Five Ways New Technologies Are Changing Stores -- and Shopping
Merchants are dabbling in all kinds of in-store technology, from apps that send coupons to your cell phone when you walk in the door to digital cameras by fitting rooms that let you send a snapshot of that little number you just tried on to all your Facebook friends.
The expansion of smartphones will affect the way people shop, points out John Donahoe, CEO of eBay (EBAY). Applications such as RedLaser that let smartphones scan a product bar code on the store shelf and comparison-shop for that product online are "blurring the lines between in-store and online," he says.
Retailers are using technology to take the store to wherever the customer is and to create excitement inside bricks-and-mortar shops, says Piers Fawkes, founder of trend research company PSFK. For example, he notes that Walt Disney's (DIS) new Disney Store design -- seen in New York's just-opened Times Square store -- uses technology for interactive displays to tell stories that draw young shoppers in.
Here's a look at five new technology-based shopping enhancements coming to a store near you -- or already there:
Self checkout -- anywhere: DIY cashiers aren't new. In fact, they've been around long enough to be the subject of an academic study. But new technologies are making scanners more accurate and portable, so they're not tied to a cash register anymore. Some Stop & Shop supermarkets have hand-held scanners that let shoppers scan and bag items as they go through the aisles.
New technology could take that even further: Some companies are experimenting with cash registers that read radio frequency identification tags. The RFID tags send out a signal that rings up the purchase without scanning, or even taking the purchase out of the cart. But RFID tags are relatively expensive to produce, so stores have been slow to embrace the technology.
Facebook in the fitting room: "In the offline world, shopping is a social phenomenon," Donahoe told the WWD Summit. Retailers have gone all-out Tweeting and making friends on Facebook, but experts are now pushing them to take that to the next level: by marrying social media to the store. Fawkes notes that the jeans maker Diesel placed Dieselcam digital-camera kiosks outside dressing rooms at its stores in Spain to let shoppers snap pictures of the outfits they're trying on and post them on Facebook so their friends could comment.
Retailers need to encourage smartphone use in their stores, and perhaps offer free WiFi, says Fawkes. He admits that could be a difficult leap of faith for merchants, who traditionally don't like people taking pictures in the store and tipping off rivals about their merchandising.
Online shopping in-store: It used to be if you couldn't find that sweater in the size or color you wanted, the salesperson would call another store and find it for you. Now, a few keystrokes at the register and the salesperson can order it for you online -- or you can do it yourself before you leave the store.
Saks (SKS) has enabled all its cash registers to place orders on Saks.com. The system pays the sales associate a commission on that sale, as an incentive to place the order, says Denise Incandela, president of Saks Direct. She notes that the department store has found consumers who shop both online and in-store spend more with Saks on average than those who shop only one of those channels.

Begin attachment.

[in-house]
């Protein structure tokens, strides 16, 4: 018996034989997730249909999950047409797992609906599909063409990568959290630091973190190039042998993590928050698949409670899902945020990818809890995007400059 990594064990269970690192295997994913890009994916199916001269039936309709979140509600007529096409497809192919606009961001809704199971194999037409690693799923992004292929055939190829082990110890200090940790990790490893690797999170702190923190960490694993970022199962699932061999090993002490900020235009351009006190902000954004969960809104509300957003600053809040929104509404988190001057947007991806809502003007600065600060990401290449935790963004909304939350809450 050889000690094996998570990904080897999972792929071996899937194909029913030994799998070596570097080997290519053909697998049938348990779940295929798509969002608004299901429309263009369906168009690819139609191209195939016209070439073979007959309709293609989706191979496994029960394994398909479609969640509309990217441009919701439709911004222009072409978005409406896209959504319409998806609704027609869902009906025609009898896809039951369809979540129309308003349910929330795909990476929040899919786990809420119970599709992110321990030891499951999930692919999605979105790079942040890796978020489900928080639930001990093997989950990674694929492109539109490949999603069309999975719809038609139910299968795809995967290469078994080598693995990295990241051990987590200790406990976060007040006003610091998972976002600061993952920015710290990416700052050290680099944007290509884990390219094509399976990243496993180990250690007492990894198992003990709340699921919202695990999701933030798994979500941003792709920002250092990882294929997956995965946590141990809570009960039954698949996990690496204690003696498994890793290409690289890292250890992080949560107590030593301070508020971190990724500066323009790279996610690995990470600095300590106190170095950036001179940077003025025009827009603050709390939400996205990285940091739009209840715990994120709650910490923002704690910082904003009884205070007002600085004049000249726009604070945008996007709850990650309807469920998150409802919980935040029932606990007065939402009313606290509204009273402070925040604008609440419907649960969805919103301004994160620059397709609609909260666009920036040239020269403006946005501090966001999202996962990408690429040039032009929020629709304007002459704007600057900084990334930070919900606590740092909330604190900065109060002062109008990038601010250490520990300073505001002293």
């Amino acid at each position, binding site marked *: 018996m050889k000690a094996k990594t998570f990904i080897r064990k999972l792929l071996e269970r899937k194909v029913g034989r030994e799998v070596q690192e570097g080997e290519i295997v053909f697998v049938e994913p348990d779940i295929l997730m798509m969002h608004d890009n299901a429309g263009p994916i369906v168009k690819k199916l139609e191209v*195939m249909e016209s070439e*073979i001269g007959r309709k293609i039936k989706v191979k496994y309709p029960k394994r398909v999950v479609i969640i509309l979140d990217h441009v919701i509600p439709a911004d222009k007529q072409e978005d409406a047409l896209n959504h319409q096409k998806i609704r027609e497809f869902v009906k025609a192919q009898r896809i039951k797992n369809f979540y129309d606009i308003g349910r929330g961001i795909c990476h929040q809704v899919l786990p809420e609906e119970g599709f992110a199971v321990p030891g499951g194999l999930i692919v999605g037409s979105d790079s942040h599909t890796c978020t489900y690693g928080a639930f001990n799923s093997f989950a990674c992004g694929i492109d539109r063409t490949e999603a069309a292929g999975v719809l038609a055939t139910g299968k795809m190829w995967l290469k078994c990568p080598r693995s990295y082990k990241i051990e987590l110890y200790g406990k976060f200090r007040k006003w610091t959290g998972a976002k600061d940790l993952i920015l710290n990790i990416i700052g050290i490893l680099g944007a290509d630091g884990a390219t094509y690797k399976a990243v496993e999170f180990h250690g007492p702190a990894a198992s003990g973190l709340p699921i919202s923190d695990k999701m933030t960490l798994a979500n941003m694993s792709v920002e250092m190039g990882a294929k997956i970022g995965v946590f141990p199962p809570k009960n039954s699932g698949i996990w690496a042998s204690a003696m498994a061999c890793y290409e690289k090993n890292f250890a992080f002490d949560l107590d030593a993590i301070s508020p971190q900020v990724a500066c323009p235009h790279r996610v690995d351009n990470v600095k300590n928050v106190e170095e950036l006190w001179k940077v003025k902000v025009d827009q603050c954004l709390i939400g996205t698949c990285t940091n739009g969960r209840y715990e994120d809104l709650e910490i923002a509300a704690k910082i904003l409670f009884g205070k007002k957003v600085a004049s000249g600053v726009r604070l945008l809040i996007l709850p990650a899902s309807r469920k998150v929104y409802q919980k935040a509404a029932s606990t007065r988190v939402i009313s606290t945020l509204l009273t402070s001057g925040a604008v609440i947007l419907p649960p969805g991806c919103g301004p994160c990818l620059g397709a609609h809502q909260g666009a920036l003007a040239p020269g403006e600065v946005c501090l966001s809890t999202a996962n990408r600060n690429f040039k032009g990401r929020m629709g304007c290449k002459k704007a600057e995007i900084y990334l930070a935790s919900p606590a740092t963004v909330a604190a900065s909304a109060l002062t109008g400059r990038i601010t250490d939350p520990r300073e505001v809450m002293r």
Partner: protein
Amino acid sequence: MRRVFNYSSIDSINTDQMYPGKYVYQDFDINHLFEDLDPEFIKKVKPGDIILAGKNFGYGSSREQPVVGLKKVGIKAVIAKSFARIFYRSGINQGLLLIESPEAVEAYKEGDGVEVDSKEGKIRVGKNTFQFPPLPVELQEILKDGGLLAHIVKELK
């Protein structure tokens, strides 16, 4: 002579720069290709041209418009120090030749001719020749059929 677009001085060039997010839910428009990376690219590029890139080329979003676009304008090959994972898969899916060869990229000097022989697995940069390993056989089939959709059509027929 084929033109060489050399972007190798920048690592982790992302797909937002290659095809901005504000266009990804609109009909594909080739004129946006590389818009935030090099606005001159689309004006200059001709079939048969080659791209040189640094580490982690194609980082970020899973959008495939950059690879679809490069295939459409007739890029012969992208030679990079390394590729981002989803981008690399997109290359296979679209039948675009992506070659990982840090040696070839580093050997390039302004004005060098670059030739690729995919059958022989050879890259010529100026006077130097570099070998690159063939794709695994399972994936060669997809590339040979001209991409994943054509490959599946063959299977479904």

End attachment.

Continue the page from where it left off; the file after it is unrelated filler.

Other department stores are taking the same concept and making it DIY: J.C. Penney (JCP) has been expanding its Findmore kiosk test, in which it placed terminals in stores that let customers order items from JCP.com. Rival Kohl's (KSS) is rolling out a similar touch-screen terminal at all its stores this fall.
DIY scanning: Yes, stores such as Target (TGT) and Macy's (M) have placed scanners on their aisles so you can find out the prices on items. But some tech companies are taking it one step beyond, and letting shoppers scan bar codes with their smartphones, so they can get more information about the product or shop around for a better offer. Fawkes mentions several apps for the iPhone and other smart handsets, including RedLaser, StripeyLines and ShopSavvy. Most of these will scan a regular bar code and display product reviews online, and provide comparison prices at other bricks-and-mortar stores and online retailers.
And tech companies are already at work on the next-generation: Quick Response (QR) codes. Many retailers, such as Best Buy (BBY), Gap (GPS) and Dick's Sporting Goods (DKS) are already using the "2-D bar codes" that encode more information and can unlock special online videos and websites on your smartphone.
GPS coupons: Apps such as Foursquare and Shopkick let shoppers "check in" when they arrive at a location, post messages with handy tips and collect points and rewards -- or just bragging rights as "mayor" of their local Starbucks (if you show up there more than anyone else). Many stores have now adapted those apps to send shoppers offers, either automatically -- when their phone is detected at a store -- or when they check in manually, as they do in Foursquare.
In August, Best Buy launched an experiment with Shopkick at 257 U.S. stores, giving shoppers rewards when their phones are detected in a participating stores. And Foursquare recently did a partnership with Gap, in which shoppers who checked in at Gap stores around the country received a 25%-off coupon sent to their phones.
This lets retailers "create a layer over the real world," says Dennis Crowley, CEO of Foursquare Labs. Crowley says the Foursquare check-in process should eventually become automatic, but that's still being debated. Some people don't want to advertise their location all the time, he says.
But everybody loves a good shopping deal or at least a more hassle-free shopping experience. And retailers are counting on new technology to provide both.